The City Council has ordered a 60-day building moratorium, effective immediately, for a two-block area in southwestern Torrance that recently was included in a restrictive zoning area that protects views.
The emergency ordinance was necessary, city officials said, because the inclusion of the area--bounded by Paseo de Granada, Via Colusa, Calle de Andalucia and Via Pascual--and amendments to the existing Hillside Overlay District will not take effect for five to seven weeks.
City Manager LeRoy Jackson said there are three applications on file with the Building Department for homes in the area. One of the three will be allowed to go forward with plans because they are nearly completed, but Jackson said that to allow new construction without the guidelines of the ordinance would "defeat the purpose of placing the area within the hillside ordinance."
Minor changes to homes will be allowed.
The City Council rejected inclusion of an area in the west side of the city--which had originally petitioned to be covered by the regulation--after residents there convinced the City Council that the majority of them no longer wanted to be included.
The City Council also tightened the language of the ordinance in the hope of resolving years of haggling over the definition of "significant" and "hardship" as they relate to proposed construction.
"Significant"--as in "proposed development will not have a significant impact upon view, light, air and privacy of other properties in the vicinity"--has been replaced with "adverse."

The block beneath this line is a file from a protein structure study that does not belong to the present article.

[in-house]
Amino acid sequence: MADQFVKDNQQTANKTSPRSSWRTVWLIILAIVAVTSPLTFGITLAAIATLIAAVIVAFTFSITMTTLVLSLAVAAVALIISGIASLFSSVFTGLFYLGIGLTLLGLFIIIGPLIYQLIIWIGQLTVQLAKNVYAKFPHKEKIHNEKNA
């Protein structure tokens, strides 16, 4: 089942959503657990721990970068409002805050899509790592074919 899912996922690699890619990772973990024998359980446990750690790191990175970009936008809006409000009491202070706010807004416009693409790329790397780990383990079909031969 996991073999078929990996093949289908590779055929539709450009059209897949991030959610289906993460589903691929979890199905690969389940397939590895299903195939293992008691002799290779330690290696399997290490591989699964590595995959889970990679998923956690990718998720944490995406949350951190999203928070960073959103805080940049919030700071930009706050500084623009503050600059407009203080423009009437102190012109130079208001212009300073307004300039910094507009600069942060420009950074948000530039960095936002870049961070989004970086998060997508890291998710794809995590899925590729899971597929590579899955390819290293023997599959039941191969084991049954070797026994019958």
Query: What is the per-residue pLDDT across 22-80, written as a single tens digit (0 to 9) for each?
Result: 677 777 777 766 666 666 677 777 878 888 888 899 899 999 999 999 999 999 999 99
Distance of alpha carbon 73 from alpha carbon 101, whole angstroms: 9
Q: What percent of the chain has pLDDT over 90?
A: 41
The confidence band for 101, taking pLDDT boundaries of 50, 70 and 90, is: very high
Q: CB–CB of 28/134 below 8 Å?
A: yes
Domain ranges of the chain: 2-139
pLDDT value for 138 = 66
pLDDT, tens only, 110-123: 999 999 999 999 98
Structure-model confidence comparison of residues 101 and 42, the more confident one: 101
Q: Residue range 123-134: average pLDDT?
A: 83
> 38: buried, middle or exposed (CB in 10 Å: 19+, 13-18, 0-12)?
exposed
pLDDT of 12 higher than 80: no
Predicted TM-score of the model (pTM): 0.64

"Hardship"--as in denial of a project "would constitute an unreasonable hardship"--now applies when it "deprives such property of privileges enjoyed by other property in the vicinity and under identical zoning classification."
In the past, there have been been debates before the Planning Commission and City Council over how much view blockage is "significant." Homeowners seeking a waiver from the building restrictions had argued that denial of their proposed expansion would cause them a hardship because they had growing families and could not afford to move elsewhere.
Assistant City Atty. Bill Quale said the courts generally do not allow family or economic considerations in land-use decisions.
The tightening of the ordinance was a result of meetings held since August by the Community Planning and Design Committee of the City Council and the Ad Hoc Committee of the Planning Commission.
The Riviera Homeowners Assn. had sought changes to eliminate what it called loopholes that allowed residents to make additions to their homes that blocked other homeowners' views.
"As a whole, we tend to agree with the committee's recommendations," said Kay White, a spokeswoman for the homeowners association. "However, we would prefer further refinement."
The homeowners had sought to have the ordinance say that developments would have "no impact upon the view," and eliminate all references to hardship as a reason for a waiver from the ordinance. In addition, the homeowners wanted notice of public hearings on proposed projects to be expanded from a 300-foot radius to 400 feet and to protect views from public rights of way. They also wanted proposed developments to be compatible in height, bulk and design with other properties in the vicinity.
The City Council, however, agreed with the committee's recommendation not to include any of those suggestions.